Hedge Fund News: Nelson Peltz, Daniel Och, John Paulson

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DuPont to Add 2 New Directors, but None From Peltz’s Slate (New York Times)
DuPont plans to change the lineup of its board members — but won’t draw from the nominees proposed by the activist investor Nelson Peltz. The chemical maker said on Thursday that it would replace two of its existing directors with people of its own choosing, after what it said was a rebuffed attempt to settle a fight with Mr. Peltz’s hedge fund, Trian Fund Management. DuPont will add Edward D. Breen, the chairman of Tyco, and James L. Gallogly, a former chief executive of the chemical maker LyondellBasell.


Och-Ziff Fourth-Quarter Profit Falls 54% on Lower Fees (Bloomberg)
Och-Ziff Capital Management Group LLC, the hedge fund firm run by Daniel Och, said fourth-quarter profit fell 54 percent on lower performance fees. Distributable profit, a measure excluding some costs related to Och-Ziff’s 2007 initial public offering, decreased to $255.4 million, or 50 cents a share, from $559 million, or $1.15, a year earlier, the New York-based company said today in a statement. Earnings per share beat the 34-cent average estimate of eight analysts surveyed by Bloomberg.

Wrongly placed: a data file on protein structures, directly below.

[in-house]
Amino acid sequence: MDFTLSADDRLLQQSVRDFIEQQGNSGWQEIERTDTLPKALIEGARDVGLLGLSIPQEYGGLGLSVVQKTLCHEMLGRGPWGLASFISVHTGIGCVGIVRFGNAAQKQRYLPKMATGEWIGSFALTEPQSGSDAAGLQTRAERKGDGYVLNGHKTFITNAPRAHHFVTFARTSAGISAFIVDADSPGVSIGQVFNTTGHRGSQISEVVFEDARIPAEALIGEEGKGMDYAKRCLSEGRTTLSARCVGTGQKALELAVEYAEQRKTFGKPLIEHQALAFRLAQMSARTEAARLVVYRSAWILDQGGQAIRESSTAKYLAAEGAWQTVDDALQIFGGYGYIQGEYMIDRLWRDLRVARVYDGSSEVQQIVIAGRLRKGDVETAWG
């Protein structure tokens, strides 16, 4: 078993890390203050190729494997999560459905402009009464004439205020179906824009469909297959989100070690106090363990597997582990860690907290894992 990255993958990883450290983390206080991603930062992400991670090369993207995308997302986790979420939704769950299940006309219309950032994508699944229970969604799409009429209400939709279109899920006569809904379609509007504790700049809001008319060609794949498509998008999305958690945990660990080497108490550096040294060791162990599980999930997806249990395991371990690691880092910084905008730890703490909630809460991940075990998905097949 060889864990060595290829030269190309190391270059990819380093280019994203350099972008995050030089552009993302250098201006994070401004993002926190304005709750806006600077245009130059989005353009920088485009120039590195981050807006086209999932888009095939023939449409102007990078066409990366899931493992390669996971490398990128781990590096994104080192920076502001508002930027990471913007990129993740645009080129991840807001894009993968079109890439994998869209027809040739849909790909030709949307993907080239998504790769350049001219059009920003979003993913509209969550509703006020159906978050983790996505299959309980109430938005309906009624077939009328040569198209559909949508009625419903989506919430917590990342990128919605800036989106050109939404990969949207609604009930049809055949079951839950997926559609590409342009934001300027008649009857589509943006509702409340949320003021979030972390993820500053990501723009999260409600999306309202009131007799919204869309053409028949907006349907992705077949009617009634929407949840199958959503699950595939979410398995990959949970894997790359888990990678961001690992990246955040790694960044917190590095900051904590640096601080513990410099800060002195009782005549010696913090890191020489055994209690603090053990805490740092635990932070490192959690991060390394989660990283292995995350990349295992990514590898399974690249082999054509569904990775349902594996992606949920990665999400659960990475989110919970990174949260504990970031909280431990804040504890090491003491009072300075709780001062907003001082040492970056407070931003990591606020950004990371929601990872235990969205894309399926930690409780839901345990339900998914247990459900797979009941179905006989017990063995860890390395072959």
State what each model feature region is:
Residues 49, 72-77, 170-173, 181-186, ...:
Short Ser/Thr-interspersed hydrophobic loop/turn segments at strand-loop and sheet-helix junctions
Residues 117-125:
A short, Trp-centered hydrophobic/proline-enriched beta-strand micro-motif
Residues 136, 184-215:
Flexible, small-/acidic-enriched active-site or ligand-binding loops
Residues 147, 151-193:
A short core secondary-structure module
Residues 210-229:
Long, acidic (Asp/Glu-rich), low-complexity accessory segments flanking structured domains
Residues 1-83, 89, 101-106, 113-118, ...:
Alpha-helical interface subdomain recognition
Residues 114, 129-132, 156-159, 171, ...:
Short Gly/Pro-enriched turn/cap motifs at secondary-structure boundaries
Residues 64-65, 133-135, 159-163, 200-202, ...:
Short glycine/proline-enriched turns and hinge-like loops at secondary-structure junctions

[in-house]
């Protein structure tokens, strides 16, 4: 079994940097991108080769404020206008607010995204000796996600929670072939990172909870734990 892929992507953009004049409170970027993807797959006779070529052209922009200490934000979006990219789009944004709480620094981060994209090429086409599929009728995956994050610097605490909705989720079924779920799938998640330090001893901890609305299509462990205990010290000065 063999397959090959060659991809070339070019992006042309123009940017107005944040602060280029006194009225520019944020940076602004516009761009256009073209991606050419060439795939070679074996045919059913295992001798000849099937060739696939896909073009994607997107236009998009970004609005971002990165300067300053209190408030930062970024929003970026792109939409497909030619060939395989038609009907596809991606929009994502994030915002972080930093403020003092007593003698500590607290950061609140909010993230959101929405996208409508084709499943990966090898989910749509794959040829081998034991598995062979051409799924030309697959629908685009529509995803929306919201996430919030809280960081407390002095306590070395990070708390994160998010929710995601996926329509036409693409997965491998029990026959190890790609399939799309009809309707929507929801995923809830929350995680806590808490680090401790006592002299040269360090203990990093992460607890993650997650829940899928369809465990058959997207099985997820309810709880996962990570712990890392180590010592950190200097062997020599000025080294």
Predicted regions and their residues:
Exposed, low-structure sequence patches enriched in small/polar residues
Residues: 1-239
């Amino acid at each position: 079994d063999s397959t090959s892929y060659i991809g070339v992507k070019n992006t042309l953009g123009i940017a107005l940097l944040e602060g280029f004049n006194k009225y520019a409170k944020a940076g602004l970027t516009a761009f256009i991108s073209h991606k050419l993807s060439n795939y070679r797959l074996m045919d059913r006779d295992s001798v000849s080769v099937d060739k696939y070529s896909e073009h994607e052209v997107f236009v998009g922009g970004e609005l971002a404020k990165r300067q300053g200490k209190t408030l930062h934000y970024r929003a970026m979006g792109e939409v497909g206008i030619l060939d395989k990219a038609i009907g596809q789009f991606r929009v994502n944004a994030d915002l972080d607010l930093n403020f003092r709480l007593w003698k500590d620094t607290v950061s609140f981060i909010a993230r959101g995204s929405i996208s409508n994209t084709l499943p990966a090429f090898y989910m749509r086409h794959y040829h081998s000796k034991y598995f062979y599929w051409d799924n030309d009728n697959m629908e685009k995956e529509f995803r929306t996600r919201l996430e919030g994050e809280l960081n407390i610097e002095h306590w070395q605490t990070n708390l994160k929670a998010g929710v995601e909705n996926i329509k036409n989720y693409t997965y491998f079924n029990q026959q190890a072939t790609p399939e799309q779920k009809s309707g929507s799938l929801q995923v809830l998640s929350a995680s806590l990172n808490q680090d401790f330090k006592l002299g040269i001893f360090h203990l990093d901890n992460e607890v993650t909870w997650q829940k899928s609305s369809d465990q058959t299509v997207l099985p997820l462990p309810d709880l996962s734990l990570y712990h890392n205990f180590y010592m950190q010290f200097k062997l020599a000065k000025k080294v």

Paulson & Co. Distressed Partner Kamensky Exits Hedge Fund (Bloomberg)
Dan Kamensky, a partner at Paulson & Co., has left billionaire John Paulson’s hedge fund firm. Kamensky, who joined $17.8 billion Paulson & Co. in 2009, played a key role in some of the firm’s most profitable bankruptcy investments, including Lehman Brothers Holdings Inc. and Residential Capital LLC. “Dan Kamensky decided to leave Paulson to pursue new opportunities,” Paulson & Co. said today in a statement. “Dan contributed to successful distressed debt investments for the firm. We wish him the best in his new endeavors.”

Japan Tobacco To Buy Back Shares, As Investor Presses For Cash Back (Reuters)
Japan Tobacco is buying back its own shares worth up to 100 billion yen ($852.73 million) and paying investors a higher annual dividend, citing a goal of boosting shareholder returns. The moves represent a partial nod by Japan Tobacco to demands by activist investor the Children’s Investment Fund (TCI), the company’s second-biggest shareholder, which has been pressing for a return of cash to shareholders. TCI, run by star hedge fund manager Chris Hohn, is also seeking an year-end dividend of 150 yen per share. The buyback and dividend demands will be put to voting at Japan Tobacco’s shareholders’ meeting scheduled in late March.

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